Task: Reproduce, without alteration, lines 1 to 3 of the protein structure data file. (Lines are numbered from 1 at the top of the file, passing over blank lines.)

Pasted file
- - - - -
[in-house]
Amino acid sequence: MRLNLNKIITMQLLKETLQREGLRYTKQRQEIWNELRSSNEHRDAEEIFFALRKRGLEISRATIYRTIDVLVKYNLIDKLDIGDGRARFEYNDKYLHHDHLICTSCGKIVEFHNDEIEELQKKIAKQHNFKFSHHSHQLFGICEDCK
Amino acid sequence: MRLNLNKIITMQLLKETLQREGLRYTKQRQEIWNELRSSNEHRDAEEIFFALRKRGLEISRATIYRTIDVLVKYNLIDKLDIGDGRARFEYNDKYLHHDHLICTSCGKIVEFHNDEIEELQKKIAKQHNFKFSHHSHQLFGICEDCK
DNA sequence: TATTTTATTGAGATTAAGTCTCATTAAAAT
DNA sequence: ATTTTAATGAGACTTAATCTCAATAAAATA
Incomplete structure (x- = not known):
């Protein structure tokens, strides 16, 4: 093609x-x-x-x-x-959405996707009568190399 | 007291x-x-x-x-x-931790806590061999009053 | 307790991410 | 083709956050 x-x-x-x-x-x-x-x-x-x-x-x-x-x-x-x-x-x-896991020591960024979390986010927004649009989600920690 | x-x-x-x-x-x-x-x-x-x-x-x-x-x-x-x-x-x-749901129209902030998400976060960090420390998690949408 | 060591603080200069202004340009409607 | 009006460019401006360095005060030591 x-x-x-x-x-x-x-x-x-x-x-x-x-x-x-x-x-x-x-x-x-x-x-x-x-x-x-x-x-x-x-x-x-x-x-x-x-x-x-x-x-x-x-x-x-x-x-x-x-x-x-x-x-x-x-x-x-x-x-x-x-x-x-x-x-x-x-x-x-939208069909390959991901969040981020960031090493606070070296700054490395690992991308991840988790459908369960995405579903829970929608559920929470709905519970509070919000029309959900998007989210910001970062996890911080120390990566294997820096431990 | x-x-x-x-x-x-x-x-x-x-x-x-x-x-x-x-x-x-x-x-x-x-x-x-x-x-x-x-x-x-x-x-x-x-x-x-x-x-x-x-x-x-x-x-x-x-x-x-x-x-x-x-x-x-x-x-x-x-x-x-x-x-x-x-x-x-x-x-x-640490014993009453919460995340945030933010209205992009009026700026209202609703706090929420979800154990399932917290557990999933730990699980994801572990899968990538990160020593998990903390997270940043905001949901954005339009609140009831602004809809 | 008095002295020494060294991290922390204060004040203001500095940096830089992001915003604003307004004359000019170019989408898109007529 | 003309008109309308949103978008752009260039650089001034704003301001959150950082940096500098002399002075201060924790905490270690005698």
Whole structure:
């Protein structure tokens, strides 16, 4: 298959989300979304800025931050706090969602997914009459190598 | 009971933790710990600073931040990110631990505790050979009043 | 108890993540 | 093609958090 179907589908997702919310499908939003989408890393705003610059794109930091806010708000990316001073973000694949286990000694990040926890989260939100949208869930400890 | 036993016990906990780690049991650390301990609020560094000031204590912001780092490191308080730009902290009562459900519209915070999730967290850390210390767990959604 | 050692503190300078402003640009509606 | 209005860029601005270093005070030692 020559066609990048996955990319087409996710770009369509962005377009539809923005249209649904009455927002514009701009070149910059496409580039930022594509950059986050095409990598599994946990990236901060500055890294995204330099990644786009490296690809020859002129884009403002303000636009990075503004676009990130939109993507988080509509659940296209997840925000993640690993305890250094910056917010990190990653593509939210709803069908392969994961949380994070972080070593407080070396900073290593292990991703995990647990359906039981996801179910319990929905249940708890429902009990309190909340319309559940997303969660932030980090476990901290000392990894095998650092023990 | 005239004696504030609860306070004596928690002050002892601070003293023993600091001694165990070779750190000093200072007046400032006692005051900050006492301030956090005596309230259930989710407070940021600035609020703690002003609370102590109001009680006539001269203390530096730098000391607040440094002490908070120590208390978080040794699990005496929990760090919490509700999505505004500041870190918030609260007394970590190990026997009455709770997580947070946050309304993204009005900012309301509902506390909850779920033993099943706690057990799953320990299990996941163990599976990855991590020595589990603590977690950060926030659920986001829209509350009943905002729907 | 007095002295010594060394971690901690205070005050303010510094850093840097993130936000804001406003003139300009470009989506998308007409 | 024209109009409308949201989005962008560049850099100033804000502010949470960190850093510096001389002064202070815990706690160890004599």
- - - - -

[in-house]
Amino acid sequence: MRLNLNKIITMQLLKETLQREGLRYTKQRQEIWNELRSSNEHRDAEEIFFALRKRGLEISRATIYRTIDVLVKYNLIDKLDIGDGRARFEYNDKYLHHDHLICTSCGKIVEFHNDEIEELQKKIAKQHNFKFSHHSHQLFGICEDCK
Amino acid sequence: MRLNLNKIITMQLLKETLQREGLRYTKQRQEIWNELRSSNEHRDAEEIFFALRKRGLEISRATIYRTIDVLVKYNLIDKLDIGDGRARFEYNDKYLHHDHLICTSCGKIVEFHNDEIEELQKKIAKQHNFKFSHHSHQLFGICEDCK